How many times must a lie be repeated before it is perceived as truth?
In January, returning from an art show in Florida, my husband and his assistant stopped at a motel in Wheatley, AR. About three in the morning, they were awakened by someone banging on the door shouting, “Fire. Get out of your room.”
Dale thought it was some late arriving pranksters until he saw the billowing smoke. It appears that a passing trucker saw the fire and alerted the motel guests. The guests watched the motel burn to the ground. No one checked on them, asked them their names, or gave them instructions. As far as we know, no lives were lost, thanks to that trucker.
A newspaper article the following day said no lives were lost thanks to the “fire alarms, hotel staff, and the volunteer firefighters.” That line was repeated three times in the article, deliberately, although guests never heard an alarm nor saw any motel staff.
So, three lies equal one truth.
When health care reform was in debate, someone gave end-of-life counseling a misleading name. Opponents of the bill took up the chant. Fearful citizens fell for the misnomer. How many times did they have to hear the dirty words? My guess is about three.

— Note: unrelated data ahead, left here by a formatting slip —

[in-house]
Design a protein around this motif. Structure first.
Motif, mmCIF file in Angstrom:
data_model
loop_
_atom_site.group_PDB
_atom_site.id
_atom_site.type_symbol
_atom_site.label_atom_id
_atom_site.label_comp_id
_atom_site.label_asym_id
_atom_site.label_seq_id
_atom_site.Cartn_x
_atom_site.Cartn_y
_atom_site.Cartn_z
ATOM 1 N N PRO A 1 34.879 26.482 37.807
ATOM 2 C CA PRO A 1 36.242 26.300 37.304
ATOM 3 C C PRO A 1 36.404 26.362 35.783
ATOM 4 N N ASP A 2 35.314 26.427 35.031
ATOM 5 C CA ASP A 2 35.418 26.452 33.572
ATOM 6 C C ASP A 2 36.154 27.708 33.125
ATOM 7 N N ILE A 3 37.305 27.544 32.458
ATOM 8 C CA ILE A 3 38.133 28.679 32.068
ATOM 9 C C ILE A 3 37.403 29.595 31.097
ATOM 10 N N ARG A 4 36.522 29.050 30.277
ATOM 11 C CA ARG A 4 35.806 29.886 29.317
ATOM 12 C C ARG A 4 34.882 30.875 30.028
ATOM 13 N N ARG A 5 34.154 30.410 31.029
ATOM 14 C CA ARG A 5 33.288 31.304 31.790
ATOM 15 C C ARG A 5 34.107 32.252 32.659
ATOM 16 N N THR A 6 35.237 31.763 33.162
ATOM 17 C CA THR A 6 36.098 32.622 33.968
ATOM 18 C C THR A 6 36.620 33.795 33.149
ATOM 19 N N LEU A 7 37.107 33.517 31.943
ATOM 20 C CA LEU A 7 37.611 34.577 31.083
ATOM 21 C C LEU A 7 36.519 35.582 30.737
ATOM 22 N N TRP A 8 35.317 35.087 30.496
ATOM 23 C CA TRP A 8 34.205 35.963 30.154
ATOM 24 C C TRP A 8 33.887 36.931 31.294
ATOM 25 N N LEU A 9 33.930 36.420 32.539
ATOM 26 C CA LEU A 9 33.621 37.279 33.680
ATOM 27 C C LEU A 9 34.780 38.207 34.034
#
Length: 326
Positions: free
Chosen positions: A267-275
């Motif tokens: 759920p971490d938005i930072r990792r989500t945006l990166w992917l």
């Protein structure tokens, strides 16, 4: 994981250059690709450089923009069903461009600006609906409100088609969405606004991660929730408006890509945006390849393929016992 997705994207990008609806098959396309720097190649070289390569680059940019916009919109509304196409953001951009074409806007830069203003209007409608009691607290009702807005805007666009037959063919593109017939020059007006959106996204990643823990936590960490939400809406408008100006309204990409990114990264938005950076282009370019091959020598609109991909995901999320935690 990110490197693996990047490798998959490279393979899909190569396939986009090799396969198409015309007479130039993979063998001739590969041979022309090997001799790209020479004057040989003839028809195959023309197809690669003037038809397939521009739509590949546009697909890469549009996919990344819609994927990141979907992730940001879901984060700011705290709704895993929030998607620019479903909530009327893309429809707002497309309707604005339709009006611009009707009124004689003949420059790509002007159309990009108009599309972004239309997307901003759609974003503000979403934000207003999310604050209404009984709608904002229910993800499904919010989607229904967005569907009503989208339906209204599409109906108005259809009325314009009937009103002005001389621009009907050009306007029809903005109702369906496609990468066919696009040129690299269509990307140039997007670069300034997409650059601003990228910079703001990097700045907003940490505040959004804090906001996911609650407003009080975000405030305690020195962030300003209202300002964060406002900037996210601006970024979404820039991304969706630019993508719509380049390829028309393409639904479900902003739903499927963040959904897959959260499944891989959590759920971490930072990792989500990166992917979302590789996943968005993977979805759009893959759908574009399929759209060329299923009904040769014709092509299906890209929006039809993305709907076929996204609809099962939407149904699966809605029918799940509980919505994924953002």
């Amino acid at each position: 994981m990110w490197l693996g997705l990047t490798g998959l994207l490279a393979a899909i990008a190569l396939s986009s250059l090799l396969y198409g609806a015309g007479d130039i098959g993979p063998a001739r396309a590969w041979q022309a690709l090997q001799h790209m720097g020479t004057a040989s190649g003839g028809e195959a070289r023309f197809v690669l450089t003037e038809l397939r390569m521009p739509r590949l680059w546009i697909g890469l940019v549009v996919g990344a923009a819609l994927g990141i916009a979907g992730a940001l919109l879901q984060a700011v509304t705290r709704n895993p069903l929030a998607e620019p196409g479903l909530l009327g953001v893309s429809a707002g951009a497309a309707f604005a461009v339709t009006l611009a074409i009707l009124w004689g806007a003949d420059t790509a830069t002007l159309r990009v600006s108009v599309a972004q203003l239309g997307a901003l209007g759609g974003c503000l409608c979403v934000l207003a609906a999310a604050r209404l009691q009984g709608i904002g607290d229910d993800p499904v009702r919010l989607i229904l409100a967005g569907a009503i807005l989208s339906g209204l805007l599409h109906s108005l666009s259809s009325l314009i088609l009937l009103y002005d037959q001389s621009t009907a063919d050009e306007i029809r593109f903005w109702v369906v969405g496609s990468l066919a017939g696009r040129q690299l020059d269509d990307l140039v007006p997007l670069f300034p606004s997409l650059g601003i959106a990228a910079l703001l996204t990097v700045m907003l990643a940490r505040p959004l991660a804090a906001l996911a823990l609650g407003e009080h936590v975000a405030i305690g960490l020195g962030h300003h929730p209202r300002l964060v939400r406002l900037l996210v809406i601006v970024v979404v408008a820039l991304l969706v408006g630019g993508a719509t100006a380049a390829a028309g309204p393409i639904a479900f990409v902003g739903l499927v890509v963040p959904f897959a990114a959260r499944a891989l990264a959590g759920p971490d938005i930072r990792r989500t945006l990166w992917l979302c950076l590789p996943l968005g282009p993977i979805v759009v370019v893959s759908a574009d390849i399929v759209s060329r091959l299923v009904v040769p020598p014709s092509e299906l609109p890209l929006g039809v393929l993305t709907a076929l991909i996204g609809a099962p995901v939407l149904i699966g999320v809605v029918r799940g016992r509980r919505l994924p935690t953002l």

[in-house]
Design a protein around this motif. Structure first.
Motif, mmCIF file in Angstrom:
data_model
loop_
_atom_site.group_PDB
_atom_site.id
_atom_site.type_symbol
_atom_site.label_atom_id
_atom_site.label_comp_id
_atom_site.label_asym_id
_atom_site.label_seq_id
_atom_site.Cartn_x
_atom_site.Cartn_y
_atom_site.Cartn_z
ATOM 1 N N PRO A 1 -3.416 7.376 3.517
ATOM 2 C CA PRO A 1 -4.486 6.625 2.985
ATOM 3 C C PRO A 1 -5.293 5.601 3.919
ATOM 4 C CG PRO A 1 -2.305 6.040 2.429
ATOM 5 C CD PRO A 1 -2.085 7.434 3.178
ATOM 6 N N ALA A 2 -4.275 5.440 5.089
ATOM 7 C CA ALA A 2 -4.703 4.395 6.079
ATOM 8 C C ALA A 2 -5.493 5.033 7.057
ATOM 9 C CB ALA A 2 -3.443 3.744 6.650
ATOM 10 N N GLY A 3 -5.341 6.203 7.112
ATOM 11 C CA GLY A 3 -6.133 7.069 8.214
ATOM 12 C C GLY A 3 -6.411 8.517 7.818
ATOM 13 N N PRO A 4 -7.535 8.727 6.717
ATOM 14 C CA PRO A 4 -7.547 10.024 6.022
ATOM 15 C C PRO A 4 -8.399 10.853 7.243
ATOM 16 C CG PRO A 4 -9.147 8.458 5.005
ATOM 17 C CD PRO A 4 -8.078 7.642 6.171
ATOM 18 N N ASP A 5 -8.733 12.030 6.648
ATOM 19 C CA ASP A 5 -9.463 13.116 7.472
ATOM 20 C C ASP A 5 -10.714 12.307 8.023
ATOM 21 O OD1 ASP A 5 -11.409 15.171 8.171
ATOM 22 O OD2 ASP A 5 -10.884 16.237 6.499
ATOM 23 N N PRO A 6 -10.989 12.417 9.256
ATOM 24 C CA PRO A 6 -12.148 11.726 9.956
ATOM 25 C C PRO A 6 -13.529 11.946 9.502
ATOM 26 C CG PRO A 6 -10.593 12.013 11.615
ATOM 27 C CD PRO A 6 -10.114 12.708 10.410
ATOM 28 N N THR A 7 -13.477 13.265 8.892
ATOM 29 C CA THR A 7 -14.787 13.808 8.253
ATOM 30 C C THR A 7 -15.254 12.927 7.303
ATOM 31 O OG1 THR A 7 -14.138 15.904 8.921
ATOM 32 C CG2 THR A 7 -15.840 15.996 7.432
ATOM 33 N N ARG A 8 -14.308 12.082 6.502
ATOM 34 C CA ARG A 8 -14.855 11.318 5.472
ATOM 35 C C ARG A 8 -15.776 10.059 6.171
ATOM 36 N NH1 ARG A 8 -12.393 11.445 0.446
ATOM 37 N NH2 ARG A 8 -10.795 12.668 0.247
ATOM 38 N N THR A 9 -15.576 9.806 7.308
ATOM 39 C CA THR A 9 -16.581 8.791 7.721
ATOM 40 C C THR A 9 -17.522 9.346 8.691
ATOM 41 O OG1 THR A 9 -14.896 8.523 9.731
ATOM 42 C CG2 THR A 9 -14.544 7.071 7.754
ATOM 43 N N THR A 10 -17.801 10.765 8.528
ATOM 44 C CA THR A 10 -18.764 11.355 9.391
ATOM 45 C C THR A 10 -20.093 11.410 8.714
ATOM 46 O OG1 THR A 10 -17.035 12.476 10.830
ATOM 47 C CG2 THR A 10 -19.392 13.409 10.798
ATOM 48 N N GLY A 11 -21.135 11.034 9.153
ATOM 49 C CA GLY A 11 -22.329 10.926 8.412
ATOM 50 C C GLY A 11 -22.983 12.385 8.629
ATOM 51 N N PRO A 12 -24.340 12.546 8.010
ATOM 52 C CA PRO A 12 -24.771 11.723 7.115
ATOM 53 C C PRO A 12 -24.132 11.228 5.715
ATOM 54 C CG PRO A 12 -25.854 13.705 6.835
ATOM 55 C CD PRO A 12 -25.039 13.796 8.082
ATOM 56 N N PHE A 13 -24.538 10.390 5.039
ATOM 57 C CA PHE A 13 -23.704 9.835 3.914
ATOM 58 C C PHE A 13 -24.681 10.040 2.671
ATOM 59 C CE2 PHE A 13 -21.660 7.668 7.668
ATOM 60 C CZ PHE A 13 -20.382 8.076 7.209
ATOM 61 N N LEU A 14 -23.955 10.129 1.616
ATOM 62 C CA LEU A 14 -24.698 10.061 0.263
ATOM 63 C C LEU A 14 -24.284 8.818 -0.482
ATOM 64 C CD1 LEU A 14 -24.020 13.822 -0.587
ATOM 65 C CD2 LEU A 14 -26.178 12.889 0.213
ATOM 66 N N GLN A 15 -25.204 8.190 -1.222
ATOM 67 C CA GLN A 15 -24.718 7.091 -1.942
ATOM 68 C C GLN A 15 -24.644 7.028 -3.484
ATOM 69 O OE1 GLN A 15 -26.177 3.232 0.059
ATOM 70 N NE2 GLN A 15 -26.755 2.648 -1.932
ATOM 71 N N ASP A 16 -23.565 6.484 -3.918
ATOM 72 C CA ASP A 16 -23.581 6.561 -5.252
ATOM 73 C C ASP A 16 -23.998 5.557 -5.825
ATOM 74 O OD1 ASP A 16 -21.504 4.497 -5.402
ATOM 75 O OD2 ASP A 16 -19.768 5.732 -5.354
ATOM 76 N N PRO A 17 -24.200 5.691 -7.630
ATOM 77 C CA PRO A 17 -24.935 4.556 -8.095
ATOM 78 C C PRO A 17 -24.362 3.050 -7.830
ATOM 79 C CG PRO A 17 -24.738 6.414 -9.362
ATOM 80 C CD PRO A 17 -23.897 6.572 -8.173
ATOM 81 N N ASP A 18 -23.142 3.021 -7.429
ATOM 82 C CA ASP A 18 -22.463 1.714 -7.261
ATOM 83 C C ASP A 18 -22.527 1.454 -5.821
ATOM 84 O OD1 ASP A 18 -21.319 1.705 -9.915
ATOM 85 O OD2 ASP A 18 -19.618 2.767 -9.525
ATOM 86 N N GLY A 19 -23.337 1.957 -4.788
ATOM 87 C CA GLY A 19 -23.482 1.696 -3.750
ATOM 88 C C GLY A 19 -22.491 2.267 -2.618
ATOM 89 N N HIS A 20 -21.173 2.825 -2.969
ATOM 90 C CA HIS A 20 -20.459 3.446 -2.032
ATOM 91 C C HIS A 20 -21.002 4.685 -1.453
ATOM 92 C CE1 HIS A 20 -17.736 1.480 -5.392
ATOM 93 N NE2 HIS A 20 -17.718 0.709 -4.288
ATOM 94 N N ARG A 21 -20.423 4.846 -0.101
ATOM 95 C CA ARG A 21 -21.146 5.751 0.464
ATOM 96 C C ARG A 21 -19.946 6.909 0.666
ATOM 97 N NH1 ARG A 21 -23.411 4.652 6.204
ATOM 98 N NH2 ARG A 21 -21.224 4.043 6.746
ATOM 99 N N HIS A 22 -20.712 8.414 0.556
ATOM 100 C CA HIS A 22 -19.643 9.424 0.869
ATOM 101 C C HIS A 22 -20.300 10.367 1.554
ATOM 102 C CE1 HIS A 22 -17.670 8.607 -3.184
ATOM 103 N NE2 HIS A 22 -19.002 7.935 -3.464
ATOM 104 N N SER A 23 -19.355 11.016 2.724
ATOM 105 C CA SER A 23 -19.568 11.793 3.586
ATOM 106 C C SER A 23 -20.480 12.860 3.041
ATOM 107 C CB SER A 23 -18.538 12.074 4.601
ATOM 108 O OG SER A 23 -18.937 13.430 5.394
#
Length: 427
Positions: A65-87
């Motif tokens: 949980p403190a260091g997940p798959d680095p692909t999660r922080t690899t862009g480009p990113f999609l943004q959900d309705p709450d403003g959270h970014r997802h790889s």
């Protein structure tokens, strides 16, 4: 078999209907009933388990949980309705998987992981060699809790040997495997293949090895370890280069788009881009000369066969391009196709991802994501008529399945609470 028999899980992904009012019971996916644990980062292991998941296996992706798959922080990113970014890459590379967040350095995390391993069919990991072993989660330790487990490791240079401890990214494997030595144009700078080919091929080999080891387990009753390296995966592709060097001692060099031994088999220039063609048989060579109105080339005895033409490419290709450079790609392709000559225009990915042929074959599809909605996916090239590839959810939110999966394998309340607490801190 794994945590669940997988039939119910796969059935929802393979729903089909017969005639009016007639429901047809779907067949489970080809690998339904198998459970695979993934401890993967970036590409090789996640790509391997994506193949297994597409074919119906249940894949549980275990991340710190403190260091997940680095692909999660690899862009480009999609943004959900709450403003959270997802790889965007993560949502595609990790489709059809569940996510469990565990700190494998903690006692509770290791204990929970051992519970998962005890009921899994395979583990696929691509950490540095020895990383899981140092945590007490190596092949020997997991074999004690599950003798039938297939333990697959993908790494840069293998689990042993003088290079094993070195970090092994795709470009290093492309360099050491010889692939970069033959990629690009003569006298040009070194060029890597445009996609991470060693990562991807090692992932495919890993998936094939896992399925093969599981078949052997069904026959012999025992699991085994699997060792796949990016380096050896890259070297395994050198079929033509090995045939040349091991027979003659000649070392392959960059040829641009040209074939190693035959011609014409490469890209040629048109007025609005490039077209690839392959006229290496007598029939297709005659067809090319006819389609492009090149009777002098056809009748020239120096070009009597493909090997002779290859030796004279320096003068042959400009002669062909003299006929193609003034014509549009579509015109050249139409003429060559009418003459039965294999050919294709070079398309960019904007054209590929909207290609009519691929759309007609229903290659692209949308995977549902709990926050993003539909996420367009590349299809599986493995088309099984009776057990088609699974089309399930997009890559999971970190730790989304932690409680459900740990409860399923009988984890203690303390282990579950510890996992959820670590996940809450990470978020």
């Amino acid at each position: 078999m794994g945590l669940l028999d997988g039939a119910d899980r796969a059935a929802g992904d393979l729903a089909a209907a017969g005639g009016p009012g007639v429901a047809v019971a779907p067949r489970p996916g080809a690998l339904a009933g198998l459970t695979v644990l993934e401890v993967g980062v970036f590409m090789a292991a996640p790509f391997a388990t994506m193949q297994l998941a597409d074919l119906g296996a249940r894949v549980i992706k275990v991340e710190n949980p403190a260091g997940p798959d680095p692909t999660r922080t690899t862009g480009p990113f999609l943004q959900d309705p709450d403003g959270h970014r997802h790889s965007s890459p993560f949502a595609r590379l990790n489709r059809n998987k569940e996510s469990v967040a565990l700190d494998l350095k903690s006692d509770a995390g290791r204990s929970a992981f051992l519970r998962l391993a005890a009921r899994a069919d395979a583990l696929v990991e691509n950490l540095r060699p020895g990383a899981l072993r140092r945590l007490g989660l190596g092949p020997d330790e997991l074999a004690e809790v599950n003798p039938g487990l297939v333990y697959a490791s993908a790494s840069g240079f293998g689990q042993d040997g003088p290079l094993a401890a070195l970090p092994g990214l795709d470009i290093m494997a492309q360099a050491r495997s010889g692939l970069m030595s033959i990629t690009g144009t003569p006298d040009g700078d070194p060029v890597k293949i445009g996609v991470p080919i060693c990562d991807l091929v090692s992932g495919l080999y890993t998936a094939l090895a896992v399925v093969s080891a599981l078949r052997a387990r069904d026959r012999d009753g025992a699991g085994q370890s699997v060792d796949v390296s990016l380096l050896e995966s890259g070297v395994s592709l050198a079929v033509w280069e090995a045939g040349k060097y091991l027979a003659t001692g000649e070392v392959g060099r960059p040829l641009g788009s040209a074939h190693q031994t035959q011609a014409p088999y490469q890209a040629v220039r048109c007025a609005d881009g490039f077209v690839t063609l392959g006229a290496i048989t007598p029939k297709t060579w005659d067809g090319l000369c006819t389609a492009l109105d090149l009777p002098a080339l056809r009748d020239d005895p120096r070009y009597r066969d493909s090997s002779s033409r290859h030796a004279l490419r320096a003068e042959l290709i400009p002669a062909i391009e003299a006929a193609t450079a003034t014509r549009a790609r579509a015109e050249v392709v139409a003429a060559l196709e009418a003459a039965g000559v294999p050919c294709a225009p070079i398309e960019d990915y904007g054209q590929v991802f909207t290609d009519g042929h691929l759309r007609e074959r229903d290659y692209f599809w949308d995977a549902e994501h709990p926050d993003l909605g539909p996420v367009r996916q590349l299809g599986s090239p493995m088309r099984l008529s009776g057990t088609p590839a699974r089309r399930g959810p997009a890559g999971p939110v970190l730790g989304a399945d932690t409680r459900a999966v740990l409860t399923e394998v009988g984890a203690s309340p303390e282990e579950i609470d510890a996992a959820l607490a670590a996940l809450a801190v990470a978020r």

So now, opponents of this same reform are chanting a new phrase. They want you to believe that your job is at stake. How many lives will be lost because of this crafty piece of politics?
You can call health care reform whatever you choose, but reform is necessary. Those who are uninsured know this. Those with pre-existing conditions know this. And those who have had to choose between a low-wage job and coverage for their children know this. Saying three times that the United States has the best health care system in the world doesn’t make it so.
Meanwhile, those who favor the health of the insurance industry over the health of the citizens will continue to lie. And if they tell the lies often enough, citizens will fight their battle for them.
It is up to each of us to ask questions and seek the truth. Don’t just buy the words you hear thrown about in triplicate. Do research from a variety of sources, form your own opinions, and ask those who represent us to seek what is best for the citizens. And while you’re at it, tell them that liars need not apply for a second term in office.
– Sharon Martin lives in Oilton, OK and is a regular contributor to The Oklahoma Observer